John Locke set forth four rights that are violable by no one; these included the rights to live or life, health, liberty, and possessions [9]. Within self-preservation, he included a broader concept of liberty and the right to own property. Locke’s ideas gave theoretical legitimacy to capitalism and civil society and greatly influenced civil revolutions such as the American Revolution.
In fact, in many of today’s democracies, rights that have been regarded as natural rights are stipulated in constitutions. In Japan’s Constitution, for example, natural rights are guaranteed as permanent rights under the guise of fundamental human rights.
Thus, when we look at the history of natural rights, we see that every human being born into this world possesses the right to self-preservation, i.e., to protect his or her own life. In the case of the COVID-19 pandemic, each of us has the right to wear a mask in order to preserve our own life. Here, we tentatively and preliminarily call this the “right to mask for self-protection” in the public health context. A deeper philosophical discussion on this matter is beyond the scope of this short communication and will be conducted elsewhere, since this brief piece is intended for public health (especially health protection and disease prevention) and other disciplines, not for philosophers.
Briefly, the “right to mask for self-protection” is the innate right of human beings (based on natural law) to protect their own lives to the extent that they do not harm others (it would not be upheld, for example, if they had to kill 10 people in order to live). In other words, one has the right to defend oneself by any means necessary to protect one’s own life, so long as others are not harmed.
The “right to mask for self-protection” is a concept deeply dependent upon natural law theory and Mill’s harm principle. The “right to live or life” originally placed emphasis on one’s right not to be killed by others (i.e., by police or the government). Indeed, the “right to mask for self-protection” could be considered a specific right within the broader collection of the rights to live or life. However, our proposed “right to mask for self-protection” applies primarily to public health.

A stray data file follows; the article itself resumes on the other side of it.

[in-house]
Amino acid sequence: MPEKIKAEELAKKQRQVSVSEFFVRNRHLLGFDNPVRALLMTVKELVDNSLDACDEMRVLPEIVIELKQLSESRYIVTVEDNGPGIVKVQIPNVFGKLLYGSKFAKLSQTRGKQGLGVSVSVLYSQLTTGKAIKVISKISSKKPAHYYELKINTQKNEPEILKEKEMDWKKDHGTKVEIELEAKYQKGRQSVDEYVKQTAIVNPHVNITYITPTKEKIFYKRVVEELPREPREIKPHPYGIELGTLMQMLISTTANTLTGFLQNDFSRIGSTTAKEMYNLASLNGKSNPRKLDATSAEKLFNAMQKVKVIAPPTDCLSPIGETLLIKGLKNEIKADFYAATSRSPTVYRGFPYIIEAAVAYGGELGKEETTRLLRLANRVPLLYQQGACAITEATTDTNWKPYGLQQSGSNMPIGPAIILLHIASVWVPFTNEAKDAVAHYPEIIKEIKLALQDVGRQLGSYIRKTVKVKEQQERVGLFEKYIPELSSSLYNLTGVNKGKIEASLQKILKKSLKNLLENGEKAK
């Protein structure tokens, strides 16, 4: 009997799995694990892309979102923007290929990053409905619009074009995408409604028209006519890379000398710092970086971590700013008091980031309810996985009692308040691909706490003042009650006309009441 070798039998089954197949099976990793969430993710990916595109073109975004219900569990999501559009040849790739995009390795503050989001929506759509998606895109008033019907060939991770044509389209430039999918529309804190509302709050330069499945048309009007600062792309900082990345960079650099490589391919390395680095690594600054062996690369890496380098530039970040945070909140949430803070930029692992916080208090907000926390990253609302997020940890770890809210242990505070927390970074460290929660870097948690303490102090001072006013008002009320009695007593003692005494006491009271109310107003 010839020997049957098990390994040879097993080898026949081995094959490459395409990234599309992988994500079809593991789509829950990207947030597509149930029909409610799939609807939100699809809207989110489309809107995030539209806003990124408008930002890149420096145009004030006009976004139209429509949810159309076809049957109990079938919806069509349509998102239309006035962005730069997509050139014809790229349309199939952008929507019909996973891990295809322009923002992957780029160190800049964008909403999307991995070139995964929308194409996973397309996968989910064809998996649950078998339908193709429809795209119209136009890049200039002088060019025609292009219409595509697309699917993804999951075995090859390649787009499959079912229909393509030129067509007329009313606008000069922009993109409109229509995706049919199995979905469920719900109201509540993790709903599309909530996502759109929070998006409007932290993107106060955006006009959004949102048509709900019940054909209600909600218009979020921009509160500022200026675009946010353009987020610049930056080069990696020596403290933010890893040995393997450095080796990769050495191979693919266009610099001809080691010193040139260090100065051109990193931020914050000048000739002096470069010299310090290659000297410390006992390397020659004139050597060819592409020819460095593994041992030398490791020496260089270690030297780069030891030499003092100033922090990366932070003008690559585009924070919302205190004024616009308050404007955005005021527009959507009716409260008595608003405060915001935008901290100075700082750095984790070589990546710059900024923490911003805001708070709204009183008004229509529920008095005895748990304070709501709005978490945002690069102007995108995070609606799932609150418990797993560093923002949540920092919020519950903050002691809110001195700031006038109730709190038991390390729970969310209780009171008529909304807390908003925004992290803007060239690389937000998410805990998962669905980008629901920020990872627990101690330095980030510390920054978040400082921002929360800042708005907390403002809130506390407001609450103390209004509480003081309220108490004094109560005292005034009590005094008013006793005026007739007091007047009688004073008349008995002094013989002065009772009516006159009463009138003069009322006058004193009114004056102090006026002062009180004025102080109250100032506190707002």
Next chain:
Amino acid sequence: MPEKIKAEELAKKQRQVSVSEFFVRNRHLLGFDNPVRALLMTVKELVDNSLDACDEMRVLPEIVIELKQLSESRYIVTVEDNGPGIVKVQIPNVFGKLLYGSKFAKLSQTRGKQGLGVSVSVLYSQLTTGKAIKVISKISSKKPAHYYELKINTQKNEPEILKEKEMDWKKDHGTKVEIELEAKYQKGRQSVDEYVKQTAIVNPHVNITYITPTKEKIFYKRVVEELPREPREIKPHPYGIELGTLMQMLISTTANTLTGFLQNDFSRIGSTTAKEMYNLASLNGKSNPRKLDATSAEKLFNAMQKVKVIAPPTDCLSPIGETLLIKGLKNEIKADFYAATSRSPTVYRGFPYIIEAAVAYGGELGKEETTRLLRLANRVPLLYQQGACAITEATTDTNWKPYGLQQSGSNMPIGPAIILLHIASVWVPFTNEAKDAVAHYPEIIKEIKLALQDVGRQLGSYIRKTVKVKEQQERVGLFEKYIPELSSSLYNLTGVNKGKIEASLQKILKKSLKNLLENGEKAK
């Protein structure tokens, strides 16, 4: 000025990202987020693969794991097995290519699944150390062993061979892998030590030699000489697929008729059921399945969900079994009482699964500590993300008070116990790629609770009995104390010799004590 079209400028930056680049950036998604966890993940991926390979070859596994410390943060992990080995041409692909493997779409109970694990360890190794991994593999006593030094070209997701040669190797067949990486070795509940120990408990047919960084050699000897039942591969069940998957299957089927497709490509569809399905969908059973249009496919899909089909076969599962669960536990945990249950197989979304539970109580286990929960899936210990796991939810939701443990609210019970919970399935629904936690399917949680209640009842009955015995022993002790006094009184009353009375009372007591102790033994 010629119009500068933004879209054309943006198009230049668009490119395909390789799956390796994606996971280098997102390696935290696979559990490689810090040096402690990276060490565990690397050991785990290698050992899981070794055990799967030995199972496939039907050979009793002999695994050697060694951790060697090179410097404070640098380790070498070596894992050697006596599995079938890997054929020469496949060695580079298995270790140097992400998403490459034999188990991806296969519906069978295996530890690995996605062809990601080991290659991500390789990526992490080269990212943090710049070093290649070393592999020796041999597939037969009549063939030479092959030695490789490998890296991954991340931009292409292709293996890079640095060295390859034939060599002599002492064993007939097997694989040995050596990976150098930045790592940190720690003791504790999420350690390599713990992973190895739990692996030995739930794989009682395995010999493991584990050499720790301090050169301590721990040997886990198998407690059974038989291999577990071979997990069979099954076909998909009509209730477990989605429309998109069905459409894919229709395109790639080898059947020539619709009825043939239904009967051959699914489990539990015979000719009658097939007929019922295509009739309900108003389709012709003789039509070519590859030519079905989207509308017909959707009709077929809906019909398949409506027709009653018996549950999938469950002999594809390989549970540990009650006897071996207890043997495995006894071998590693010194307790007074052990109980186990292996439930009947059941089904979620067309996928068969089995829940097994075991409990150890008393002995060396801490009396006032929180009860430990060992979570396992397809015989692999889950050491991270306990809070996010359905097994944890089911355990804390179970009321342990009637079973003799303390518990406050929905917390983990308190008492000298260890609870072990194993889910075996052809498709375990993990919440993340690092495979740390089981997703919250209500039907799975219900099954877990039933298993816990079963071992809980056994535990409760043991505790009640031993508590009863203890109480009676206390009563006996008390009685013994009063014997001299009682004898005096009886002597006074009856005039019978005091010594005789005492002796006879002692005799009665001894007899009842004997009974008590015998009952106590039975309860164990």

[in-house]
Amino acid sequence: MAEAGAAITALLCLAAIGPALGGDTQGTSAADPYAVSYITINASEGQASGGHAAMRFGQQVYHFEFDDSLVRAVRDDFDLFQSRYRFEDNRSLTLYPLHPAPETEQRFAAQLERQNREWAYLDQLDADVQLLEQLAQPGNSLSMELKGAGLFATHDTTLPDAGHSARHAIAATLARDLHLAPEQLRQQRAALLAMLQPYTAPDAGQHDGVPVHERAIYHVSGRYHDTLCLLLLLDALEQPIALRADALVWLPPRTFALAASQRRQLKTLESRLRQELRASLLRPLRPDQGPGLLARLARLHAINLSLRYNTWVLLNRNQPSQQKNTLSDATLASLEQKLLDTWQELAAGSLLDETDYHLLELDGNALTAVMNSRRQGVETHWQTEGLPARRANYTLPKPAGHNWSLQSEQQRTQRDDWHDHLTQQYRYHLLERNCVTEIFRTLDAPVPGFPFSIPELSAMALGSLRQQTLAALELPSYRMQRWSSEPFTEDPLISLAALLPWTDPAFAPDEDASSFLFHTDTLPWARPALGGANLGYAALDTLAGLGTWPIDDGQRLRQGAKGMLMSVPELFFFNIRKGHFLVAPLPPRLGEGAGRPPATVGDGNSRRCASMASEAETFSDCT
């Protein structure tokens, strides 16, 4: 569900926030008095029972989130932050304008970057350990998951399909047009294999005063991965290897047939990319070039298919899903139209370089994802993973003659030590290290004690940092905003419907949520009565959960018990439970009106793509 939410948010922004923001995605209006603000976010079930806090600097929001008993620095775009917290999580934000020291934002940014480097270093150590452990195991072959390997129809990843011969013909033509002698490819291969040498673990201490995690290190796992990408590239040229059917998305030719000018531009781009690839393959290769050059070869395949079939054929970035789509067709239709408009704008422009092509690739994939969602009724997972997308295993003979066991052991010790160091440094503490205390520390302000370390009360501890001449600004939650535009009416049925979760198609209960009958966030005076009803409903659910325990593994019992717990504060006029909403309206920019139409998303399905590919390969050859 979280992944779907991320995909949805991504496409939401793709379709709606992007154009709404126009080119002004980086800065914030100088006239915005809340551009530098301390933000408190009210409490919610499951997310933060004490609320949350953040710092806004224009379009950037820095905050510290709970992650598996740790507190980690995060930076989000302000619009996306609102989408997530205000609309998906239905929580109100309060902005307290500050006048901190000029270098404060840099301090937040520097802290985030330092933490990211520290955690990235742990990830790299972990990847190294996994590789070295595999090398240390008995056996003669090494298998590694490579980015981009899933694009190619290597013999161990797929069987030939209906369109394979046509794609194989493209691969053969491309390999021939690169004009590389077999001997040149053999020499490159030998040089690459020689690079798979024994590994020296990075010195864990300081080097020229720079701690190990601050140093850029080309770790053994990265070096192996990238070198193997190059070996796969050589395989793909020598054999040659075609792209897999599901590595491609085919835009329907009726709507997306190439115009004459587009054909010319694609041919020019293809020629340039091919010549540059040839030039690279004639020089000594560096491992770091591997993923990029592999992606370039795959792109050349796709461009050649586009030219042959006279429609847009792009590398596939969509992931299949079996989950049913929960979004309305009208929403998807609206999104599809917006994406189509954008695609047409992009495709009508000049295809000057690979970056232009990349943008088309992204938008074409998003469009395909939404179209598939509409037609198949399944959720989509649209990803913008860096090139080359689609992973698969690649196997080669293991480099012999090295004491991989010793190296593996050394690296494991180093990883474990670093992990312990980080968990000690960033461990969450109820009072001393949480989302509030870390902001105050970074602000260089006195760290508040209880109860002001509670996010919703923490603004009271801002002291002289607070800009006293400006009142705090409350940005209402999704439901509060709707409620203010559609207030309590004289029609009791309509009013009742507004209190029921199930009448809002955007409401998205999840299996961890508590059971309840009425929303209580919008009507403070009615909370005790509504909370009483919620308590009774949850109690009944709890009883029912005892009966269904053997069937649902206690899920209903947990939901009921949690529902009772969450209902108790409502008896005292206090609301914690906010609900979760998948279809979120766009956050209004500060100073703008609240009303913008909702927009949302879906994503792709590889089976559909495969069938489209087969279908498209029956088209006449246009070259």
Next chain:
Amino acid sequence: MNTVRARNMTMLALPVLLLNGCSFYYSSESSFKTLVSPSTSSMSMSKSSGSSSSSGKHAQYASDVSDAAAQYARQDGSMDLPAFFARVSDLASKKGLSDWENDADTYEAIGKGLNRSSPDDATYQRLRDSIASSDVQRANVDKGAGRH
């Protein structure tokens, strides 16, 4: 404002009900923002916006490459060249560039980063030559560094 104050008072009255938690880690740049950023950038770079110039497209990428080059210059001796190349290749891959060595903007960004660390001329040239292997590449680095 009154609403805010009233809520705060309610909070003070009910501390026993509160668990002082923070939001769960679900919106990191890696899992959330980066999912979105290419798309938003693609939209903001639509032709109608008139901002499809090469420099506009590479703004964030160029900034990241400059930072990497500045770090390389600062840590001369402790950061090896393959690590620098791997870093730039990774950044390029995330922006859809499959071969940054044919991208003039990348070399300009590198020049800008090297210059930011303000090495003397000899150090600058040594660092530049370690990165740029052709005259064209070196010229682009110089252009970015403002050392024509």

We argue, therefore, that during the COVID-19 pandemic, in the absence of effective treatments or vaccines, people have the right to wear masks and defend themselves. This “right to mask for self-protection” perspective may impact the global response to an infectious disease pandemic. The essential role of the medical mask is “self-protection”. Thus, we surmise that if the discussion in the U.S. had brought up the “right to mask for self-protection” against “individual freedom”, the discussion might have taken a completely different course. Moreover, we consider it unethical to interfere with people who invoke the “right to mask for self-protection”, unless there is a substantial basis to override it.
One key question is whether government intervention is permissible or not. A government has a strong responsibility to protect the lives of the people it serves. It might be ethically justifiable for a government to intervene to protect the lives of citizens (so that citizens can invoke their “right to wear a mask for self-protection”), such as by requiring citizens to wear masks when neither a vaccine nor medical treatment is available. However, there was controversy and debate, with some opponents of government protection policies arguing for a “right to mask for self-protection” when they were actually against wearing masks themselves. It should also be noted that the government’s encouragement to wear masks does not mean that people are encouraged to ignore them.

3.3.2. Mask Wearing during an Endemic